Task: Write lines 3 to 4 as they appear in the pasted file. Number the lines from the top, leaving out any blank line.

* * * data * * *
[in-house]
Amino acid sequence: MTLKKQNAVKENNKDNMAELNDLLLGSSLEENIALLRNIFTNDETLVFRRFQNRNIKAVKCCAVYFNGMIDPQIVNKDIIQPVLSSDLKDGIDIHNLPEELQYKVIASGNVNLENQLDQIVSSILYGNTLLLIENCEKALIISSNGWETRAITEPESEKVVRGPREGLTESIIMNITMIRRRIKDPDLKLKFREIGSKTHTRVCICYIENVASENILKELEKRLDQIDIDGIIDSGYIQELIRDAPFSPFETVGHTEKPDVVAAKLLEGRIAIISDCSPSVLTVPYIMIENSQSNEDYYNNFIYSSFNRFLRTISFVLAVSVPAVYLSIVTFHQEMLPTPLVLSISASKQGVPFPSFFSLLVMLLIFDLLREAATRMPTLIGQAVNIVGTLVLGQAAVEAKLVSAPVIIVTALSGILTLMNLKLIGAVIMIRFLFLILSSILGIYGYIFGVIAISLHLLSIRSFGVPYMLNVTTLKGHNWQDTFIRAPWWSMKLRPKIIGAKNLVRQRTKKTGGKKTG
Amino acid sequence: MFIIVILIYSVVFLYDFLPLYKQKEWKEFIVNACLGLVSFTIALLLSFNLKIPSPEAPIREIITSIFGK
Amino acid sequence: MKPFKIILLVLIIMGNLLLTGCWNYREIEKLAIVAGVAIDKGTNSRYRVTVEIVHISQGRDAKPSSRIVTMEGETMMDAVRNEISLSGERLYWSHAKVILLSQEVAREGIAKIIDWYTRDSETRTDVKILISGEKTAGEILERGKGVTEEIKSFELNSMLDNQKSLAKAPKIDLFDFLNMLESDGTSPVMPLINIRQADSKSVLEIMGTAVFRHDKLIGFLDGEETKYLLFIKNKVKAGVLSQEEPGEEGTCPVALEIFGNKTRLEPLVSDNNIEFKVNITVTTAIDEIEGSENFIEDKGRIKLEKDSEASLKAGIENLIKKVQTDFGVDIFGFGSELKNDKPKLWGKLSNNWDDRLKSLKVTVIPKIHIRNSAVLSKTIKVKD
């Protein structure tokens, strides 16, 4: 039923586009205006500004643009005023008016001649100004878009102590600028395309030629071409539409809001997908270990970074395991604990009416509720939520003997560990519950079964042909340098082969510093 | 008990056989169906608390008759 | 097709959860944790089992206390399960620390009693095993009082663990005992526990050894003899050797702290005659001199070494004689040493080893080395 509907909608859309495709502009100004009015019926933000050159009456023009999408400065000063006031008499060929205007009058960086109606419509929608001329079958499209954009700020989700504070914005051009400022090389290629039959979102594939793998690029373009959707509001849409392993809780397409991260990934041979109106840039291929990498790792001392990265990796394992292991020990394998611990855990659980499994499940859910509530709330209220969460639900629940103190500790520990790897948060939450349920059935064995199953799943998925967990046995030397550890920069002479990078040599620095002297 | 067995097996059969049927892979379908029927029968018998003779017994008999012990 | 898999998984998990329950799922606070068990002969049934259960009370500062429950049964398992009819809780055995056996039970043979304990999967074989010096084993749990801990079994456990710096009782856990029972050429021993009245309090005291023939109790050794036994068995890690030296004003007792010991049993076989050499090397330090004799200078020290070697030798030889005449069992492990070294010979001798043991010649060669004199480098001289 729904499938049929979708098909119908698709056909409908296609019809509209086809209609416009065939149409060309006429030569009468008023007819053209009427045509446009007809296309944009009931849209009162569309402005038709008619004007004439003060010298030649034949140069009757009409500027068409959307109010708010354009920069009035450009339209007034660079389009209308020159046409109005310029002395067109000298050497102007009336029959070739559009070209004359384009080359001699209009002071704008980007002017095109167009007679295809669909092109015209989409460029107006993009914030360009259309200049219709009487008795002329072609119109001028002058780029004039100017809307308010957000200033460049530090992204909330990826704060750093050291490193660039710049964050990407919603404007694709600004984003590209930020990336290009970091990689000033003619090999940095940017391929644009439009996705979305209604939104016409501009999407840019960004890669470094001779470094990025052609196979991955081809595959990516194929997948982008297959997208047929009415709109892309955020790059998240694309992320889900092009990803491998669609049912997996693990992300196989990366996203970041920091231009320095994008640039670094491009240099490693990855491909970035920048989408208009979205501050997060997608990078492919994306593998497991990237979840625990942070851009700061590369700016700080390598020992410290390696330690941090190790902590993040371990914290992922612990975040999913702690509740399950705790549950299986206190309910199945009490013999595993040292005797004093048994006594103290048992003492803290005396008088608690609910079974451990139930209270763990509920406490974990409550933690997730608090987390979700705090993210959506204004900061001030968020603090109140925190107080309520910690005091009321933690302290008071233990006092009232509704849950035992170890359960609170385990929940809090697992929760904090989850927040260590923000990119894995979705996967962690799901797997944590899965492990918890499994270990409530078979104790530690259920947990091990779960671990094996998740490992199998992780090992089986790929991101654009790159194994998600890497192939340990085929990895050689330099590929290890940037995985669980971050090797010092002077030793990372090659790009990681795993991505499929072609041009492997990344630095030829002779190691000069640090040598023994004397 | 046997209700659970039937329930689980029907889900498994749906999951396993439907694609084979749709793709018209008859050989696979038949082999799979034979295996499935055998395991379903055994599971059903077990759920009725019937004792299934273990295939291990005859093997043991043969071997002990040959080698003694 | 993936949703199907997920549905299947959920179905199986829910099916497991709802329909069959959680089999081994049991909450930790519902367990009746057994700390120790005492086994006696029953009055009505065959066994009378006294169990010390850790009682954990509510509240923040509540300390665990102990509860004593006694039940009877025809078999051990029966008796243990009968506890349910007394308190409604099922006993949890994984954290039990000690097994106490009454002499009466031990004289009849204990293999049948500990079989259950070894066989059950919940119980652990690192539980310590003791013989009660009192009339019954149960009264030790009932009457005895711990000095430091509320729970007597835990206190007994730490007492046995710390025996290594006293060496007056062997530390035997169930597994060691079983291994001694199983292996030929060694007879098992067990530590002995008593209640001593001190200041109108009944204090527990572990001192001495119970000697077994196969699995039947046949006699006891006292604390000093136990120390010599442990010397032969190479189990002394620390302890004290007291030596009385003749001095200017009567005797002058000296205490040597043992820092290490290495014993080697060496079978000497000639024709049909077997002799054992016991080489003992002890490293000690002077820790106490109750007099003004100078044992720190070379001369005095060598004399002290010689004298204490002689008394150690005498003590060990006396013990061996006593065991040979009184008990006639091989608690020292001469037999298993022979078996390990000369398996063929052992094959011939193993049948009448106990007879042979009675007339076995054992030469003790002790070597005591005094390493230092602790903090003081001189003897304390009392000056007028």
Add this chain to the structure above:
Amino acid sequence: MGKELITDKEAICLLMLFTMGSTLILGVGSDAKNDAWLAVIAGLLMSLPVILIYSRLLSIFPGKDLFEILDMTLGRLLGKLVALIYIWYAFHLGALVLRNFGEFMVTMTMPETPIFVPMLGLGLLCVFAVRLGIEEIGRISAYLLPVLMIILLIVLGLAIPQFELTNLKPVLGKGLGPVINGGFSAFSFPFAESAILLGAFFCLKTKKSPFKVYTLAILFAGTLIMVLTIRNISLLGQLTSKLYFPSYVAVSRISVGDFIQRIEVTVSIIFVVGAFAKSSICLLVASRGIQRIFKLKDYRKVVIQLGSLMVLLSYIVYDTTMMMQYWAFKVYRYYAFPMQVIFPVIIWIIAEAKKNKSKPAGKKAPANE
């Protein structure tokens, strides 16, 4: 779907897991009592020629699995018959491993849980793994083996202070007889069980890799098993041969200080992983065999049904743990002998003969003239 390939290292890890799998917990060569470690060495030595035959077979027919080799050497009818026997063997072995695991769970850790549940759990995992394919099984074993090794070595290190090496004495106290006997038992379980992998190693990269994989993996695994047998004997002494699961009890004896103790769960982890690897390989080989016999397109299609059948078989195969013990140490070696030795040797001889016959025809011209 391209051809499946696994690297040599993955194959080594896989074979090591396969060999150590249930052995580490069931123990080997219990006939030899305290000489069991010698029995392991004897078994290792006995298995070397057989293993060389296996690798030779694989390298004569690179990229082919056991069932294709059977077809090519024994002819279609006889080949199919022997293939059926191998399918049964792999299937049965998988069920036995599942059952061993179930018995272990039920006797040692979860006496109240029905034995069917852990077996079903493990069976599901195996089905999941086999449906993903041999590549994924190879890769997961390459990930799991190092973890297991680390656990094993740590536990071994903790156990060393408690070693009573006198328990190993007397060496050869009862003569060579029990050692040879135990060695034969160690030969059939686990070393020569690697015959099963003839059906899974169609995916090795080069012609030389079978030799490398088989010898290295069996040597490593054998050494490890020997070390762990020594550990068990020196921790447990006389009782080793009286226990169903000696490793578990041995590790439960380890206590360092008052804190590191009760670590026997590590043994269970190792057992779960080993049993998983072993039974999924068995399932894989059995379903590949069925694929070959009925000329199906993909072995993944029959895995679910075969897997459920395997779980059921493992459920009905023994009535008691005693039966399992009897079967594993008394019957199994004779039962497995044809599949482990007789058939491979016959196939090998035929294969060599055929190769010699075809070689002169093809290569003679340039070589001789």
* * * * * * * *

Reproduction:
Amino acid sequence: MFIIVILIYSVVFLYDFLPLYKQKEWKEFIVNACLGLVSFTIALLLSFNLKIPSPEAPIREIITSIFGK
Amino acid sequence: MKPFKIILLVLIIMGNLLLTGCWNYREIEKLAIVAGVAIDKGTNSRYRVTVEIVHISQGRDAKPSSRIVTMEGETMMDAVRNEISLSGERLYWSHAKVILLSQEVAREGIAKIIDWYTRDSETRTDVKILISGEKTAGEILERGKGVTEEIKSFELNSMLDNQKSLAKAPKIDLFDFLNMLESDGTSPVMPLINIRQADSKSVLEIMGTAVFRHDKLIGFLDGEETKYLLFIKNKVKAGVLSQEEPGEEGTCPVALEIFGNKTRLEPLVSDNNIEFKVNITVTTAIDEIEGSENFIEDKGRIKLEKDSEASLKAGIENLIKKVQTDFGVDIFGFGSELKNDKPKLWGKLSNNWDDRLKSLKVTVIPKIHIRNSAVLSKTIKVKD